Research shows that as girls get older, their confidence in coding and programming starts to wane. Some people believe social and infrastructural factors are at play. And certainly the lack of regular visuals of strong women STEM role models doesn’t help, nor does the lack of awareness about what STEM can offer girls. Others say that the gender stereotype around computing being “only for boys” is a major reason girls don’t consider the field—many girls just have a hard time envisioning themselves in STEM roles. Interestingly enough, research shows that tech companies with more women in management have a 34% higher return on investment.
What helps develop girls’ interest in STEM?
The Microsoft® study revealed that girls’ desire to seek out STEM learning opportunities is largely dependent on two motivating factors: creativity and making a difference in the world. “The girls we surveyed were really clear that they wanted to change the world. They want to do things that make a difference,” said Mark Sparvell, a member of the Microsoft® Education team. And many of the girls surveyed said they didn’t perceive STEM-related career pathways as falling into either of those two areas.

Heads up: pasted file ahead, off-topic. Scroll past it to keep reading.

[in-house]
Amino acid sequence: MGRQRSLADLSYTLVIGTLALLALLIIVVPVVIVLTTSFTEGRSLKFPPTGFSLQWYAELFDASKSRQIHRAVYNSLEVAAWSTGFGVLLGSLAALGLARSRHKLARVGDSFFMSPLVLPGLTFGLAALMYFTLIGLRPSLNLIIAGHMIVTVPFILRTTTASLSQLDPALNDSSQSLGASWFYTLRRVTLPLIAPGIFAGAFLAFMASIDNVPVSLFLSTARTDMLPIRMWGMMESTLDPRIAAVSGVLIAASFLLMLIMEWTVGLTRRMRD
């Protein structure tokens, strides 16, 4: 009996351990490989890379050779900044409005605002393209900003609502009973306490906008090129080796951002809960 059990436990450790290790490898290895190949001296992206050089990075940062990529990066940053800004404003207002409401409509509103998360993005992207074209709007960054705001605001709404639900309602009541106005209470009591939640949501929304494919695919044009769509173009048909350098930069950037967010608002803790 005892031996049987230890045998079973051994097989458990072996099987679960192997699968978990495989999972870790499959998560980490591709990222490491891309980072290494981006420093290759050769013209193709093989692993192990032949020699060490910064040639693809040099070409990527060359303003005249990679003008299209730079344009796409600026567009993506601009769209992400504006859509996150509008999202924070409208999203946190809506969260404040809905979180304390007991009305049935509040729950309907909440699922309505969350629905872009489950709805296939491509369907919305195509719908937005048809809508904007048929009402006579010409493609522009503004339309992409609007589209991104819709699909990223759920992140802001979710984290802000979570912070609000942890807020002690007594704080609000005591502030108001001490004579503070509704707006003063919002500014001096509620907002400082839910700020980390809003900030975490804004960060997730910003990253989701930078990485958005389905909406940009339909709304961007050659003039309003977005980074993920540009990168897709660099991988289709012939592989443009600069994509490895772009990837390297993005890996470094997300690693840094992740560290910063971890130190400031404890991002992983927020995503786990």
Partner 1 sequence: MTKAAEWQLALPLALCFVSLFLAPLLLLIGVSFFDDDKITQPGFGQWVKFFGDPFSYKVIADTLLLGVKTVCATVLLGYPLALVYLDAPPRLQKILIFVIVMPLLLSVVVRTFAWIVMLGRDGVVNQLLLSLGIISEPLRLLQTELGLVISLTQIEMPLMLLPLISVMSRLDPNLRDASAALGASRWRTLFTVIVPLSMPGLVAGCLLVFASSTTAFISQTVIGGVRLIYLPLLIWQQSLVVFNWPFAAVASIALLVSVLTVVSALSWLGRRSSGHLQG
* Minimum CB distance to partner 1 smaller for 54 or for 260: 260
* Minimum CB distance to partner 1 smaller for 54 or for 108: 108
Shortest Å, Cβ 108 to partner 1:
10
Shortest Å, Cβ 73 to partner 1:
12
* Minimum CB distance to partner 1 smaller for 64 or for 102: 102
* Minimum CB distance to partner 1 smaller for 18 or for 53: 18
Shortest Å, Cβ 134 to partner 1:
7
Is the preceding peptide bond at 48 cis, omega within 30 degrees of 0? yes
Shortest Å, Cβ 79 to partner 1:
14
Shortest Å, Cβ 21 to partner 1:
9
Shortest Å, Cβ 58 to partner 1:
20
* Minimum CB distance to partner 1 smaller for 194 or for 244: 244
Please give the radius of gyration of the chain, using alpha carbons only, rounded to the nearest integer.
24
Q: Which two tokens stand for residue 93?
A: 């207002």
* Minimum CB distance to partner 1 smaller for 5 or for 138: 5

Research shows that tech companies with more women in management have a 34% higher return on investment.
How can my school empower girls to pursue STEM?
The answer isn’t to make everything pink. To truly empower girls to pursue STEM, it’s important to accommodate their interests on a deeper and more meaningful level. Show them how they can be creative in STEM and use it to make a difference in the world. (This is a great lesson for boys, too!)